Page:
Grimm season 3 episode 12 review: The Wild Hunt

Review Christine Horton 26 Jan 2014 - 16:25

Grimm is back on its game with a gore, romance and conflict-filled episode. Here's Christine's review...

This review contains spoilers.

3.12 The Wild Hunt

Hooray! This week saw a welcome return to form for our favourite fairytale-inspired detective show.

In the last episode before a month-long break – yeah, thanks Winter Olympics – we were treated to action, gore, romance, comedy and a “uh-ho” moment at the end that makes the four week wait until the next instalment more than a little frustrating.

More importantly, though, the writers attempted to cautiously edge some storylines out of the spot where they’ve been parked for weeks, and take them for a spin around the block.

First things first though – we have a Wesen wedding to look forward to as Rosalee accepted Monroe’s proposal of marriage! The lead up was charming, with a fancy dinner (Rosalee really scrubs up well once she’s out of those cardigans), featuring some hilarious double entendre about each of their “first times”. It was then back to Chez Monrosalee for a typically sweet and slightly over-the-top proposal from Monroe – yay!

It’s only the next day when it comes to sharing the good news with his parents that Monroe realises the potential stickiness of the situation; he’s failed to tell Bart and Alice he is in love, and co-habiting, with a Fuchsbau. Add to that he’s best friends with a Grimm, and suddenly the challenge of working out the seating plan at the reception becomes more of an issue.

Monroe’s belief that it won’t – or at least shouldn’t matter – to his parents that he’s marrying outside of his species proves naïve at best. In fact, they take it very badly.

Sentiments historically associated with those choosing to marry outside their own race are thrown around in the confrontation: “They’re breaking the natural law and they don’t care about the consequences,” yells a clearly shaken and angry Bart. “We’ve seen how these relationships tear these families apart,” pleads Alice.

Grimm has often pointed to the struggles Wesen can encounter in adapting to modern society, addressing arranged marriages in One Night Stand for example, or examining the shame and confusion some Wesen feel about themselves in The Eyes of the Beholder. This storyline with Monroe’s parents amps up the (perhaps needed) dramatic tension between our favourite couple, albeit with a depressingly familiar, yet weighty challenge to their relationship.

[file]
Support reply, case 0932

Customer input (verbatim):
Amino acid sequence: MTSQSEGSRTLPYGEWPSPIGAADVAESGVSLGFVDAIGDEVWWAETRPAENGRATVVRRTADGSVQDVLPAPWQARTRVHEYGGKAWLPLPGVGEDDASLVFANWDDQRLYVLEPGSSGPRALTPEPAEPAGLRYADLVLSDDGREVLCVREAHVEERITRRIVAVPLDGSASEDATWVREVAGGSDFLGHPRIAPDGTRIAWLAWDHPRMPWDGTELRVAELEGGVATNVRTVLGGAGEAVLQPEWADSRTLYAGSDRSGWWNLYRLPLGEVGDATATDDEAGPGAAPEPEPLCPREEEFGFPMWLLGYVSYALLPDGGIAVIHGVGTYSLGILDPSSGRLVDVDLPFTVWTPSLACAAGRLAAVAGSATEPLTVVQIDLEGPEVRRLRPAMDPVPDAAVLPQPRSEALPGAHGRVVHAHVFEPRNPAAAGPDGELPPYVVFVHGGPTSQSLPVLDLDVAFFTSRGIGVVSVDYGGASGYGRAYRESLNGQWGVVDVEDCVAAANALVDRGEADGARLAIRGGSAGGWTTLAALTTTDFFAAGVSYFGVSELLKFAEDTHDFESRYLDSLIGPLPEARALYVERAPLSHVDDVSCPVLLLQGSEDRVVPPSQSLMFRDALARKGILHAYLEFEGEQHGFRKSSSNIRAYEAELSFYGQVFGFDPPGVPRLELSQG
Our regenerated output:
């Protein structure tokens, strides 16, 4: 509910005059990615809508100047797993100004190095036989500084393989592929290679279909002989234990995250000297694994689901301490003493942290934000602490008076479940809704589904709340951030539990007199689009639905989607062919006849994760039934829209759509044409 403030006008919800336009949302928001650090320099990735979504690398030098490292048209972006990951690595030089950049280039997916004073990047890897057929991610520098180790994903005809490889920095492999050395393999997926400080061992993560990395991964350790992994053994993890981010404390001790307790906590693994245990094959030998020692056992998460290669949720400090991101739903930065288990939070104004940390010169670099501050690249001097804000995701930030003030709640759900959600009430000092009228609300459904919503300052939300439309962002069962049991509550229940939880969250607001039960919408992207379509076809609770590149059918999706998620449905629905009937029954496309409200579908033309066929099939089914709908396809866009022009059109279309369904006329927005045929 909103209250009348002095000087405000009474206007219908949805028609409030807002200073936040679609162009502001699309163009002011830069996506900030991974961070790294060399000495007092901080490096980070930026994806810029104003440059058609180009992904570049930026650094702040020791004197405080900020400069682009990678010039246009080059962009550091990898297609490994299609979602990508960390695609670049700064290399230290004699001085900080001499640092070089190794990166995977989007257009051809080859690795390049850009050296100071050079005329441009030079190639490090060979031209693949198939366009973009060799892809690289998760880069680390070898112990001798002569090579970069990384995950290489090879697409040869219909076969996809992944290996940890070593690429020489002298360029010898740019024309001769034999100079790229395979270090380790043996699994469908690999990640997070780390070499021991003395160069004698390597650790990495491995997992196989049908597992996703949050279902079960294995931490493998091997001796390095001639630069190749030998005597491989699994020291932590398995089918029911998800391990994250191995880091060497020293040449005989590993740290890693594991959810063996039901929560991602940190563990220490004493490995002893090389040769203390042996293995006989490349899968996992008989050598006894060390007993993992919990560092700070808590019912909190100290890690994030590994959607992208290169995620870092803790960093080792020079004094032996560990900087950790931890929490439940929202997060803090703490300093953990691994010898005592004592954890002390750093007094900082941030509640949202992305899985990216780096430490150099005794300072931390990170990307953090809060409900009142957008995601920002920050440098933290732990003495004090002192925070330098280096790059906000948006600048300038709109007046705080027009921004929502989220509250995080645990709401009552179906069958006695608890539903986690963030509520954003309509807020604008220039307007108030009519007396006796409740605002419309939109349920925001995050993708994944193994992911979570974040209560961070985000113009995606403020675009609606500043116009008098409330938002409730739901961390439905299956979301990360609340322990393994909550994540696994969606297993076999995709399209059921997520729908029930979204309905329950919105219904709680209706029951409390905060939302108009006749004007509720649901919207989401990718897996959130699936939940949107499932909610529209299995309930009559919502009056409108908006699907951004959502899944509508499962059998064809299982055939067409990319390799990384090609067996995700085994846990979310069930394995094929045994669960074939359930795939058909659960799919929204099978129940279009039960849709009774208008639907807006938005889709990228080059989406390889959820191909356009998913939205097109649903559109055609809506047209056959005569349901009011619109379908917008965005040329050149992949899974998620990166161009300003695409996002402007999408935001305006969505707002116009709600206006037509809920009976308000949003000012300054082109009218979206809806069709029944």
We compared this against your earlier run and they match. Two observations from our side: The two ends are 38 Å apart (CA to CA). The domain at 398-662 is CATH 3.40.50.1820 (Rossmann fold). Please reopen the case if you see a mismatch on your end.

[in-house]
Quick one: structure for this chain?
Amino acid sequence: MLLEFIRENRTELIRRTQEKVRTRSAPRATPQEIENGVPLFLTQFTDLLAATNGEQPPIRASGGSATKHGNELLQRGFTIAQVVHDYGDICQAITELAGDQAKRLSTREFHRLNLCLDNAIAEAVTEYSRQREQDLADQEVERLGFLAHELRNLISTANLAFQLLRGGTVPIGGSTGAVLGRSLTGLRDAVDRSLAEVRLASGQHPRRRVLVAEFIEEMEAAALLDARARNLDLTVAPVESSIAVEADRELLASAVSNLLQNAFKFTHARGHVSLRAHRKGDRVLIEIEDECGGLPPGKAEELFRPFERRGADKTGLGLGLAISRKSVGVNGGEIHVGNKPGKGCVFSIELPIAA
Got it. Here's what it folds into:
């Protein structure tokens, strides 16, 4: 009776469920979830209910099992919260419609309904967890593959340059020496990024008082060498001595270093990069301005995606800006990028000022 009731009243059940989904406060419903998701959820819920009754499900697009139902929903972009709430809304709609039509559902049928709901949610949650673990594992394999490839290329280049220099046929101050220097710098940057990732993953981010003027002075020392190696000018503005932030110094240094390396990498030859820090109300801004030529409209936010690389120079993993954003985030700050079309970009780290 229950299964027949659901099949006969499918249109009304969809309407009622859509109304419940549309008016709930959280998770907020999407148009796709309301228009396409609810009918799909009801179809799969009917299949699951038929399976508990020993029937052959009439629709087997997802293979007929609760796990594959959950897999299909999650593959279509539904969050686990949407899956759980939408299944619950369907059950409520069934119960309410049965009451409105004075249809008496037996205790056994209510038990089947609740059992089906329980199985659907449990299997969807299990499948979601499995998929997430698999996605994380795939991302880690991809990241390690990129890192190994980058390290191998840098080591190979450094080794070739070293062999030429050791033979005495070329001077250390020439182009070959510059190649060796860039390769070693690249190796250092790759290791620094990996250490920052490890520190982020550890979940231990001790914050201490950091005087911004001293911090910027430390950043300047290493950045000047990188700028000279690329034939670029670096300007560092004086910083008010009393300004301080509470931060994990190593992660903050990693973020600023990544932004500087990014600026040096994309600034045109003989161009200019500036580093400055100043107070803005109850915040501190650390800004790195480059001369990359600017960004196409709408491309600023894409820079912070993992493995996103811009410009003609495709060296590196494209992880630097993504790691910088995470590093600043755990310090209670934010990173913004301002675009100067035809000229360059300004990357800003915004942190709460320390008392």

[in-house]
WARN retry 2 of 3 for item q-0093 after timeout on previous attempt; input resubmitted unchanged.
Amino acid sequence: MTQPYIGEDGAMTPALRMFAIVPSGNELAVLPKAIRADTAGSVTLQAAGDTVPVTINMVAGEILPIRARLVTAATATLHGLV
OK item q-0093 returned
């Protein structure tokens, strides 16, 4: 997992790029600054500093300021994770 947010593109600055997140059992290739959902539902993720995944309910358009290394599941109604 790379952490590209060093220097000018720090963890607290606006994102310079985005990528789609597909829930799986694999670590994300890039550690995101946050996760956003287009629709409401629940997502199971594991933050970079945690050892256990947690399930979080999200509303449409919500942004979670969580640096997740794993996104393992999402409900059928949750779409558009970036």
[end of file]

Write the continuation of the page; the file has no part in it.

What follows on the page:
In Vienna meanwhile, Prince Viktor reappears in a meeting with the head of the Verrat, Danilov. Still trying to discover who killed his cousin Eric, he summons Adalind to find out if she recognises any of the resistance from photographs they show her. Renard’s ‘man in the castle’ Sebastian, however, manages to get to her first and warns her to keep her cards close to her chest – which she does.

She admits Renard left a note in her room, though attempts to throw them off track by telling them it concerned her mother’s murder. Afterwards Viktor and Danlov put two and two together and figure out that it could be Renard, rather than Eric, who has fathered Adalind’s unborn baby. (Which prompts Viktor – who’s shaping up to be a worthy replacement for Evil Eric – to begrudgingly admit it’s “sort of impressive” that Renard bedded both Adalind and her mother.)

It also means that plans to kill Renard are put on hold while they find out who’s the baby daddy.

Adalind’s baby, meanwhile, is showing signs that’s it is growing bored of its confines as it pushes its creepy CGI hands and face against her belly. This naturally, freaks out our favourite Hexenbiest, who is only six months pregnant. However Stefania, making a welcome return, greets the news with a sparkle in her eye and tells her the baby is just active and will soon be born.

There’s an update too on Nick’s mom, who hasn’t been mentioned since her email to him seven episodes ago. Juliette decides to act as a go-between between the Burkhardts, and emails Kelly. Nick’s wary of getting her involved but she argues that she got into far worse trouble when she was annoyingly clueless (not her words, admittedly.)

Grimm also ramped up the gore this week with a serial-killing psychotic Wesen called a Wildesheer, who attacks cops and military, fashioning a coat made from their scalps. It’s the show at its, well, grimmest. And guess who now tops the Wesen’s list of ‘worthy’ opponents? Yep, Nick, I’d watch those glossy locks if I were you.

The episode reaches its dramatic conclusion when Nick – with possibly the worst timing ever – calls over to Monroe’s and runs into his parents, who as Blutbad, naturally leap into attack mode at the sight of a Grimm. (If I had super-hearing, as Nick does, I think I would use it to judge if a situation’s going to be awkward before stepping into a room. It’s not a sexy use of the powers, granted, but to be fore-warned is to be fore-armed.)

As Bart and Alice leap at Nick, the writers read our thoughts: “Oh #*@%!!! and “To Be Continued’”.

Frustrating as that might be, it’s great to see Grimm get back on its game again. Hopefully it signals a faster-paced and exciting second half to the season when it returns on the 28th of February!

Read Christine's review of the previous episode, The Good Soldier, here.

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